Sunday, September 15, 2013

Now or Later - Royal Court Theatre 2008 - photos, trailer, reviews

Eddie Redmayne About finishing a run at the Royal Court Theatre with 'Now Or Later': It was the most extraordinary thing. I was nervous doing it. It was the first time I'd done a play for four years and, again, it was an incredibly meaty role. It was terrifying, but I was in the safest pair of hands with Dominic Cooke [artistic director at the Royal Court]. It was a piece of work that I was incredibly proud of because it was a beautifully written piece. It was exposing because I hadn't done a play for a long time and hadn't played a character on stage from beginning to end. You do feel a sense of the weight on your shoulders a little bit, but most people liked it.

Trailer of the play

Reviews about the play

Dad, got a minute? - The Guardian
Wednesday 10 September 2008
Eddie Redmayne is about to play a son who embarrasses his politician father. The rising star tells Laura Barton how he got a little help - from the Blair and Clinton camps

Now or Later: Where The West Wing meets the Moral maze - DailyMail
11 September 2008
Mr Redmayne is first-class. You see this lad trying to smile his way out of trouble, then trying not to lose control of his emotions as the grown-ups browbeat him. He reminded me of a colt being broken in. 

Review Round-up: Redmayne Shines Now &Later - WhatsOnStage 
By Editorial Staff • 15 Sep 2008 • West End
Michael Coveney on (two stars) – “American playwright Christopher Shinn’s Now or Later is a deft piece of writing, skilfully directed by Dominic Cooke, unfussily designed by Hildegard Bechtler and beautifully played by a small cast including a bullish Matthew Marsh as the Democratic President-elect, John, and a gangling, emotionally pent-up Eddie Redmayne as his son, John Jr. … Curiously, Marsh resembles a stunted Gerald Ford in his turbo-charged dynamism, while Redmayne has the freckly, high cheek-boned look of the Kennedy clan.”

Paul Taylor in the Independent (five stars) – „Eddie Redmayne is superb. Eyes glittering with wit and wounded sensitivity, he shows how John is both damaged goods and the goods.”

Michael Billington in the Guardian (three stars) – „The play undeniably keeps you rapt. And, although Eddie Redmayne as the defiant John has a habit of dropping his voice at the end of sentences, he conveys all the character\'s gangling, principled obduracy. Matthew Marsh as his equally unbending father, Nancy Crane as his bewildered mother and Domhnall Gleeson as his loyal chum, fulfilling the role of the raisonneur in classical comedy, give fine performances in Dominic Cooke\'s suitably urgent production.”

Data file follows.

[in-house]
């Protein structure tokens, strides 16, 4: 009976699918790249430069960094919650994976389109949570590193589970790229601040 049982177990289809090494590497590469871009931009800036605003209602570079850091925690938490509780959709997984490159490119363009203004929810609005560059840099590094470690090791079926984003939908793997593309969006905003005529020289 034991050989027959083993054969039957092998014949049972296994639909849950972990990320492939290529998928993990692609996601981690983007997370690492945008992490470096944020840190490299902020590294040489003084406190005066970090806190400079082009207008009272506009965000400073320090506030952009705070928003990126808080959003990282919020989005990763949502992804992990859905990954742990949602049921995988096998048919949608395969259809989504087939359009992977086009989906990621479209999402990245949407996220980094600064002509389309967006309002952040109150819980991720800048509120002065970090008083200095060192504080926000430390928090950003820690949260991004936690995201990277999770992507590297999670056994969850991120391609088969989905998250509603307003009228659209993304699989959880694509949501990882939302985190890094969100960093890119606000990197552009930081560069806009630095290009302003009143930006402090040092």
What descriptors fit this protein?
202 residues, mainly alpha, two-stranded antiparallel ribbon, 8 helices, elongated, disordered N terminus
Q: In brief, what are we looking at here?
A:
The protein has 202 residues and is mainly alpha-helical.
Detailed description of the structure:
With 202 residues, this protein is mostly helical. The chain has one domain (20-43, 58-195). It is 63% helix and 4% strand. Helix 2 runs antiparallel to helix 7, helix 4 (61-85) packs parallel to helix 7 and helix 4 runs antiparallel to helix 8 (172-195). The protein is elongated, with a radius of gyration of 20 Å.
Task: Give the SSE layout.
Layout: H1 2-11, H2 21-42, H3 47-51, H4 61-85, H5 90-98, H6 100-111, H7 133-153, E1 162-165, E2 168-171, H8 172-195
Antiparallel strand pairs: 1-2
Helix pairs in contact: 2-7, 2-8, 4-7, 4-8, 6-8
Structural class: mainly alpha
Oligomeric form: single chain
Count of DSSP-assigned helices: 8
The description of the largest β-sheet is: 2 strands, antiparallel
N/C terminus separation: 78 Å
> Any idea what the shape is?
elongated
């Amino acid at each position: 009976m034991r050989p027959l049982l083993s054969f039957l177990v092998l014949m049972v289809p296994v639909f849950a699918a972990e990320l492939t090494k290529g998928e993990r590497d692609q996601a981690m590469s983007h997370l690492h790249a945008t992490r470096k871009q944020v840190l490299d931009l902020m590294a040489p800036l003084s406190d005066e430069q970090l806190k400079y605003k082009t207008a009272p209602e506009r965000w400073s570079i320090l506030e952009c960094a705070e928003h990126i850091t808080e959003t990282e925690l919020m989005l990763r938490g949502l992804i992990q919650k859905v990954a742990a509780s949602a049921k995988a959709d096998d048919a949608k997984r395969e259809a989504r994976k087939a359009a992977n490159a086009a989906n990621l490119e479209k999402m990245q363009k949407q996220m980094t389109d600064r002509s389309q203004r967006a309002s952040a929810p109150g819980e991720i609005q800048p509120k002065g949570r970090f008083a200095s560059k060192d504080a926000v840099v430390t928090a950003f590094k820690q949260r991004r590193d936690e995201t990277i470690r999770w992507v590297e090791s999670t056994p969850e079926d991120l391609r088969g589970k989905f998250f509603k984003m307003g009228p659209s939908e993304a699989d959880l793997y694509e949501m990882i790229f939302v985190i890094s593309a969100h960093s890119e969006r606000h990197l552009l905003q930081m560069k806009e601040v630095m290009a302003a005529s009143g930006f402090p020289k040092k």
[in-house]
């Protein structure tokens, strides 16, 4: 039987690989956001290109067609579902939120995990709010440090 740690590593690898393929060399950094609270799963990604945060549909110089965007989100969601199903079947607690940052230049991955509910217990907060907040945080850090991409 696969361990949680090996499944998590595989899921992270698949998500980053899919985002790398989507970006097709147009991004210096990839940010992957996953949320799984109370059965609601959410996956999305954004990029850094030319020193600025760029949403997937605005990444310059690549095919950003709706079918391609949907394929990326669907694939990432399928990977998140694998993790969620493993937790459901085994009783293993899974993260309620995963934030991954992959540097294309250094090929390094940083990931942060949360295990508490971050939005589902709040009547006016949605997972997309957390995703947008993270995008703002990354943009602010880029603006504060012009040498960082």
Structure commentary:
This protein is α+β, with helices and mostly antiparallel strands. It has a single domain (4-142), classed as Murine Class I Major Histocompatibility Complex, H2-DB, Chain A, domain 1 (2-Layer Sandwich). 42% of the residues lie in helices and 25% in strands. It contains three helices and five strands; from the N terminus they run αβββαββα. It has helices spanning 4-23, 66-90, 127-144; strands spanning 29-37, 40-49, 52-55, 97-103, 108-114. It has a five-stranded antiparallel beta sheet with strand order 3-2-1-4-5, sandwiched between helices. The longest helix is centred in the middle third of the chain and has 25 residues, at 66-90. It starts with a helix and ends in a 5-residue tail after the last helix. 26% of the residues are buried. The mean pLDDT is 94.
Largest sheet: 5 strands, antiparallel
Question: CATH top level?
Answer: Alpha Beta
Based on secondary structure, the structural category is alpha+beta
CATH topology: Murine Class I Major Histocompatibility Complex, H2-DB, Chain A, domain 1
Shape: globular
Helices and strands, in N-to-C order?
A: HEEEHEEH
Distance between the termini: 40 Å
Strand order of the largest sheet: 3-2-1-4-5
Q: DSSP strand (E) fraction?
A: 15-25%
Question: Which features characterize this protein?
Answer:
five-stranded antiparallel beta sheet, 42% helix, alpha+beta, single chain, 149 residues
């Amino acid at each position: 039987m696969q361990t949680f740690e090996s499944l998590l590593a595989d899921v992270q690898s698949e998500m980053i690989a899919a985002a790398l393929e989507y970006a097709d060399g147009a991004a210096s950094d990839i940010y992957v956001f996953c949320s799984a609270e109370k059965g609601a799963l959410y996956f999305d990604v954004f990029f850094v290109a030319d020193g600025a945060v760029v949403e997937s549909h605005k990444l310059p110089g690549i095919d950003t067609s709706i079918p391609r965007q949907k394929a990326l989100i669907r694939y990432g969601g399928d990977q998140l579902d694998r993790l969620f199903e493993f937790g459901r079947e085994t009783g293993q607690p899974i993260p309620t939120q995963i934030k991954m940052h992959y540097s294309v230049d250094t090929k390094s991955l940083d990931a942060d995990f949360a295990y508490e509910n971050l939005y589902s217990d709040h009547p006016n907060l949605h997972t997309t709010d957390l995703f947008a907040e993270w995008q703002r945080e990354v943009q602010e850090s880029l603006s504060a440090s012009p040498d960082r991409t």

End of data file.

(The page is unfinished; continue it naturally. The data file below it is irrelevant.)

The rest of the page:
Nicholas de Jongh in the Evening Standard (three stars) – “John, his face and voice in Eddie Redmayne’s riveting performance suffused with the lineaments of neurosis and sadness, sits in his hotel room. He and Matt, a fellow student, both showing scant interest in the results, are disturbed by a Presidential aide, John’s glacial mother, Tracey a black party worker and by Matthew Marsh’s hypocritical President.”

Sam Marlowe in the The Times (four stars) – “Cooke\'s production is thrillingly paced, effervescent with wit and intelligence and superbly acted, in particular by Eddie Redmayne as the unhappily divided John and Matthew Marsh as his father, his every word carefully weighed but concealing an unnerving ruthlessness and volatility.”

Susannah Clapp in The Observer – “ Eddie Redmayne, volatile and coltish, vividly projects distress and intelligence.”

James Marsh and Eddie Redmayne in the dressing room
photo by Simon Annand (x)
Audio 26 July 2008 Now or Later
Writer Christopher Shinn, director Dominic Cooke and actors Matthew Marsh and Eddie Redmayne 
in discussion with the Royal Court’s Diversity Associate, Ola Animashawun. Eddie talks about his character and the play from 5:15 and from 12:30.

Christopher Shinn's website - Now or Later
My post: Eddie about to go on stage - Simon Annand backstage photos

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